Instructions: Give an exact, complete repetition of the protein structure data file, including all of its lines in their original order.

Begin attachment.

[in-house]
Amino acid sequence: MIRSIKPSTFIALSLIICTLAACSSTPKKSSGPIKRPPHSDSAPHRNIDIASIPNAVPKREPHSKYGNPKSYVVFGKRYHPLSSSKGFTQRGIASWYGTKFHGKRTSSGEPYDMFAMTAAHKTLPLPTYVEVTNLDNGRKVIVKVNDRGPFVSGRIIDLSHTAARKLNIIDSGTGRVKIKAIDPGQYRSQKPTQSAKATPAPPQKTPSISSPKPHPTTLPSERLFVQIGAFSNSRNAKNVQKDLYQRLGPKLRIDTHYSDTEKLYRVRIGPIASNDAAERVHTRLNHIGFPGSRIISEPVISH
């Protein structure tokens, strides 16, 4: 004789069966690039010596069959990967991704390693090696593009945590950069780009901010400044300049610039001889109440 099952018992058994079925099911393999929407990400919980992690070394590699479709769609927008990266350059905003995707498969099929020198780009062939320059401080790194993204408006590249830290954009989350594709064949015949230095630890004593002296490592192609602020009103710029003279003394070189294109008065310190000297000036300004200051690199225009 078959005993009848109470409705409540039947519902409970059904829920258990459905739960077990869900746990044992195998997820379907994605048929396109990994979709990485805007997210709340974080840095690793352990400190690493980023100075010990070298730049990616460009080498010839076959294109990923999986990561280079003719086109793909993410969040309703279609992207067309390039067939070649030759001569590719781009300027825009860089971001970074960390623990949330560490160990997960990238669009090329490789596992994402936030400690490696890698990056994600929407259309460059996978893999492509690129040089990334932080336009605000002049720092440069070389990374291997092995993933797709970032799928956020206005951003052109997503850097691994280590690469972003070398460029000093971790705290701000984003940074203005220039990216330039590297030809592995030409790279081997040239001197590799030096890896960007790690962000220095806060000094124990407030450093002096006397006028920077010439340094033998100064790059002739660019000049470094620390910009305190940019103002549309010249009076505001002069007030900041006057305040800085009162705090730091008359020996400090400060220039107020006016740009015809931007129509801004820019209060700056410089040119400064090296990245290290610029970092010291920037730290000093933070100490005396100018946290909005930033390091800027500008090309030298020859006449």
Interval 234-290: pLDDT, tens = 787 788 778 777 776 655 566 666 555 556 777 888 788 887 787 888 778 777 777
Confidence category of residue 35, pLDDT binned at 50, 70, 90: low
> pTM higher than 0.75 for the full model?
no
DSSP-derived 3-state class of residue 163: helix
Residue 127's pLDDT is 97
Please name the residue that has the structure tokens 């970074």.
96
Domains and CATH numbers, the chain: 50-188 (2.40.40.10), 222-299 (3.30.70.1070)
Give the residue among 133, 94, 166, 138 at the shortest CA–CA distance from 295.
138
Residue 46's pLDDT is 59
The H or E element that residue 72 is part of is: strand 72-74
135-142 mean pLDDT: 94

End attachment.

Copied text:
[in-house]
Amino acid sequence: MIRSIKPSTFIALSLIICTLAACSSTPKKSSGPIKRPPHSDSAPHRNIDIASIPNAVPKREPHSKYGNPKSYVVFGKRYHPLSSSKGFTQRGIASWYGTKFHGKRTSSGEPYDMFAMTAAHKTLPLPTYVEVTNLDNGRKVIVKVNDRGPFVSGRIIDLSHTAARKLNIIDSGTGRVKIKAIDPGQYRSQKPTQSAKATPAPPQKTPSISSPKPHPTTLPSERLFVQIGAFSNSRNAKNVQKDLYQRLGPKLRIDTHYSDTEKLYRVRIGPIASNDAAERVHTRLNHIGFPGSRIISEPVISH
């Protein structure tokens, strides 16, 4: 004789069966690039010596069959990967991704390693090696593009945590950069780009901010400044300049610039001889109440 099952018992058994079925099911393999929407990400919980992690070394590699479709769609927008990266350059905003995707498969099929020198780009062939320059401080790194993204408006590249830290954009989350594709064949015949230095630890004593002296490592192609602020009103710029003279003394070189294109008065310190000297000036300004200051690199225009 078959005993009848109470409705409540039947519902409970059904829920258990459905739960077990869900746990044992195998997820379907994605048929396109990994979709990485805007997210709340974080840095690793352990400190690493980023100075010990070298730049990616460009080498010839076959294109990923999986990561280079003719086109793909993410969040309703279609992207067309390039067939070649030759001569590719781009300027825009860089971001970074960390623990949330560490160990997960990238669009090329490789596992994402936030400690490696890698990056994600929407259309460059996978893999492509690129040089990334932080336009605000002049720092440069070389990374291997092995993933797709970032799928956020206005951003052109997503850097691994280590690469972003070398460029000093971790705290701000984003940074203005220039990216330039590297030809592995030409790279081997040239001197590799030096890896960007790690962000220095806060000094124990407030450093002096006397006028920077010439340094033998100064790059002739660019000049470094620390910009305190940019103002549309010249009076505001002069007030900041006057305040800085009162705090730091008359020996400090400060220039107020006016740009015809931007129509801004820019209060700056410089040119400064090296990245290290610029970092010291920037730290000093933070100490005396100018946290909005930033390091800027500008090309030298020859006449």
Interval 234-290: pLDDT, tens = 787 788 778 777 776 655 566 666 555 556 777 888 788 887 787 888 778 777 777
Confidence category of residue 35, pLDDT binned at 50, 70, 90: low
> pTM higher than 0.75 for the full model?
no
DSSP-derived 3-state class of residue 163: helix
Residue 127's pLDDT is 97
Please name the residue that has the structure tokens 């970074």.
96
Domains and CATH numbers, the chain: 50-188 (2.40.40.10), 222-299 (3.30.70.1070)
Give the residue among 133, 94, 166, 138 at the shortest CA–CA distance from 295.
138
Residue 46's pLDDT is 59
The H or E element that residue 72 is part of is: strand 72-74
135-142 mean pLDDT: 94